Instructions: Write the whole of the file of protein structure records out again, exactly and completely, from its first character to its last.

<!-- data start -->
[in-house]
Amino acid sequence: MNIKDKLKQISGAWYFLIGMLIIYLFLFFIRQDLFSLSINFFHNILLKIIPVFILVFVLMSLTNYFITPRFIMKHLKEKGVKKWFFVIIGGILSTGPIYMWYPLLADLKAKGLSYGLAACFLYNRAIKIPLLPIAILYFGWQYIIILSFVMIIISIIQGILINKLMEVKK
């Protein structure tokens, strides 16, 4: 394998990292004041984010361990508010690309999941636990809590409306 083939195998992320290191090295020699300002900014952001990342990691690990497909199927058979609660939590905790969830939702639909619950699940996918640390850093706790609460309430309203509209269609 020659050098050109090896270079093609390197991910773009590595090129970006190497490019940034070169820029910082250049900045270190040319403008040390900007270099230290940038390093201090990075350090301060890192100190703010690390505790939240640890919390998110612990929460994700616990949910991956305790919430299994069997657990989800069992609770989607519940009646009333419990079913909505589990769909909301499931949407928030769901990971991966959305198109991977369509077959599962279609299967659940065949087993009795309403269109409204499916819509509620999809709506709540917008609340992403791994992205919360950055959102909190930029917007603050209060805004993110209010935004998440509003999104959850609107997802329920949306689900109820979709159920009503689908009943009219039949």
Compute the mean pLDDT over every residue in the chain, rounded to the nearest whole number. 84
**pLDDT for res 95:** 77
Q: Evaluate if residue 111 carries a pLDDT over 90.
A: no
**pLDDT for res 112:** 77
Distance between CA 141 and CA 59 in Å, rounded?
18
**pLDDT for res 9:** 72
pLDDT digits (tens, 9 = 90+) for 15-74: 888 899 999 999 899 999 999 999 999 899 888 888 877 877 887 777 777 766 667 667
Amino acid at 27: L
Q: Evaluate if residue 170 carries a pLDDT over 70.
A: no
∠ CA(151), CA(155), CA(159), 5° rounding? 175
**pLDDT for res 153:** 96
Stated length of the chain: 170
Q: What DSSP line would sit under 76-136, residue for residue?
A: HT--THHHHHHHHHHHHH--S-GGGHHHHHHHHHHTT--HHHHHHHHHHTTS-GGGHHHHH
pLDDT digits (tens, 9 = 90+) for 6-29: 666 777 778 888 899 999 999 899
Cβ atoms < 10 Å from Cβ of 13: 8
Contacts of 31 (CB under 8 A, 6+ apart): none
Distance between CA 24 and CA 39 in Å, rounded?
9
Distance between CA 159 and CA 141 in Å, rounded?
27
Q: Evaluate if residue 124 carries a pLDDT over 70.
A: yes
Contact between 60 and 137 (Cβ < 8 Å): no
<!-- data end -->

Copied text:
[in-house]
Amino acid sequence: MNIKDKLKQISGAWYFLIGMLIIYLFLFFIRQDLFSLSINFFHNILLKIIPVFILVFVLMSLTNYFITPRFIMKHLKEKGVKKWFFVIIGGILSTGPIYMWYPLLADLKAKGLSYGLAACFLYNRAIKIPLLPIAILYFGWQYIIILSFVMIIISIIQGILINKLMEVKK
């Protein structure tokens, strides 16, 4: 394998990292004041984010361990508010690309999941636990809590409306 083939195998992320290191090295020699300002900014952001990342990691690990497909199927058979609660939590905790969830939702639909619950699940996918640390850093706790609460309430309203509209269609 020659050098050109090896270079093609390197991910773009590595090129970006190497490019940034070169820029910082250049900045270190040319403008040390900007270099230290940038390093201090990075350090301060890192100190703010690390505790939240640890919390998110612990929460994700616990949910991956305790919430299994069997657990989800069992609770989607519940009646009333419990079913909505589990769909909301499931949407928030769901990971991966959305198109991977369509077959599962279609299967659940065949087993009795309403269109409204499916819509509620999809709506709540917008609340992403791994992205919360950055959102909190930029917007603050209060805004993110209010935004998440509003999104959850609107997802329920949306689900109820979709159920009503689908009943009219039949």
Compute the mean pLDDT over every residue in the chain, rounded to the nearest whole number. 84
**pLDDT for res 95:** 77
Q: Evaluate if residue 111 carries a pLDDT over 90.
A: no
**pLDDT for res 112:** 77
Distance between CA 141 and CA 59 in Å, rounded?
18
**pLDDT for res 9:** 72
pLDDT digits (tens, 9 = 90+) for 15-74: 888 899 999 999 899 999 999 999 999 899 888 888 877 877 887 777 777 766 667 667
Amino acid at 27: L
Q: Evaluate if residue 170 carries a pLDDT over 70.
A: no
∠ CA(151), CA(155), CA(159), 5° rounding? 175
**pLDDT for res 153:** 96
Stated length of the chain: 170
Q: What DSSP line would sit under 76-136, residue for residue?
A: HT--THHHHHHHHHHHHH--S-GGGHHHHHHHHHHTT--HHHHHHHHHHTTS-GGGHHHHH
pLDDT digits (tens, 9 = 90+) for 6-29: 666 777 778 888 899 999 999 899
Cβ atoms < 10 Å from Cβ of 13: 8
Contacts of 31 (CB under 8 A, 6+ apart): none
Distance between CA 24 and CA 39 in Å, rounded?
9
Distance between CA 159 and CA 141 in Å, rounded?
27
Q: Evaluate if residue 124 carries a pLDDT over 70.
A: yes
Contact between 60 and 137 (Cβ < 8 Å): no